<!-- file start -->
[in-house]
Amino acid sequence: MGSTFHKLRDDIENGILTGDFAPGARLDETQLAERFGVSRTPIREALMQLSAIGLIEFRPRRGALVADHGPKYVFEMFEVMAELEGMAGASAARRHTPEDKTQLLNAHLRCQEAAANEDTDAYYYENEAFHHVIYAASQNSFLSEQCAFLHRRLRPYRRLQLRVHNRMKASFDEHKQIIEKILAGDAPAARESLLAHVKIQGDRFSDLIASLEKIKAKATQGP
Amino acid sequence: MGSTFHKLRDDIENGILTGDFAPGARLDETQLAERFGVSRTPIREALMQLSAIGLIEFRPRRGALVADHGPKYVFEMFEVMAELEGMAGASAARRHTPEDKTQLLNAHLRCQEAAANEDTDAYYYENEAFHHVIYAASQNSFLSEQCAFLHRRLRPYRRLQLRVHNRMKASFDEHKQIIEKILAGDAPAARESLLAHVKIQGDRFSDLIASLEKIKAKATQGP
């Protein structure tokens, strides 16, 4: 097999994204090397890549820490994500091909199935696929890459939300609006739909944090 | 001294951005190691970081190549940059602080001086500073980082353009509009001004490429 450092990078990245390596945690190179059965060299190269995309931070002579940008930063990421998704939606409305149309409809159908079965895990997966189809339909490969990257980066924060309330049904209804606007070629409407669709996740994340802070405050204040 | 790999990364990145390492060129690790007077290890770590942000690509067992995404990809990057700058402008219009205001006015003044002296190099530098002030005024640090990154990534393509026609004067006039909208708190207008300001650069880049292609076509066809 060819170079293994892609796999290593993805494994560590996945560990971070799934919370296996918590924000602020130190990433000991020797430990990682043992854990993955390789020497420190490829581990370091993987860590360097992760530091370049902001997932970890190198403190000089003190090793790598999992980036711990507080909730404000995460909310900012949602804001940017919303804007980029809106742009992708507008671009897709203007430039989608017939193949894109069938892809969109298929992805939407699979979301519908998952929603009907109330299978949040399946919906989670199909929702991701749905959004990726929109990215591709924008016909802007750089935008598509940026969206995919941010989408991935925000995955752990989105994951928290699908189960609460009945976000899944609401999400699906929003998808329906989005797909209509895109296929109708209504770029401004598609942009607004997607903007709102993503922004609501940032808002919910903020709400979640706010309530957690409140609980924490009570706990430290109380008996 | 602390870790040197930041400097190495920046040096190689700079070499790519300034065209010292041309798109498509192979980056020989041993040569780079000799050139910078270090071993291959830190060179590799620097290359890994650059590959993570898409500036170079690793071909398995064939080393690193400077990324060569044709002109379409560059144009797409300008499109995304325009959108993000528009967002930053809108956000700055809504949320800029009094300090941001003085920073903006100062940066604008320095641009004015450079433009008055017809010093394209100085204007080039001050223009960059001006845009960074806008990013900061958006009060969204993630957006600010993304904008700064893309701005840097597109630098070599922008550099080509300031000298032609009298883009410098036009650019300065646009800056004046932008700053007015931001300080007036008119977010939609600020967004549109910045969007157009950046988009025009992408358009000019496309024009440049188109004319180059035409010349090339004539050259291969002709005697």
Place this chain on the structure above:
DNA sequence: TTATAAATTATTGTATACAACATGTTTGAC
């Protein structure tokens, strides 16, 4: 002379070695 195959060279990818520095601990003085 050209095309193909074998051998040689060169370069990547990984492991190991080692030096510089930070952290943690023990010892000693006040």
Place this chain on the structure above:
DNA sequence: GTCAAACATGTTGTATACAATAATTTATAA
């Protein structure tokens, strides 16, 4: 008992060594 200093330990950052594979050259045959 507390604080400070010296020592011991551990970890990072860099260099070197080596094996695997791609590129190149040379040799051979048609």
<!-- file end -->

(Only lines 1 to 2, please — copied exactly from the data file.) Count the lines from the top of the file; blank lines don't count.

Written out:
[in-house]
Amino acid sequence: MGSTFHKLRDDIENGILTGDFAPGARLDETQLAERFGVSRTPIREALMQLSAIGLIEFRPRRGALVADHGPKYVFEMFEVMAELEGMAGASAARRHTPEDKTQLLNAHLRCQEAAANEDTDAYYYENEAFHHVIYAASQNSFLSEQCAFLHRRLRPYRRLQLRVHNRMKASFDEHKQIIEKILAGDAPAARESLLAHVKIQGDRFSDLIASLEKIKAKATQGP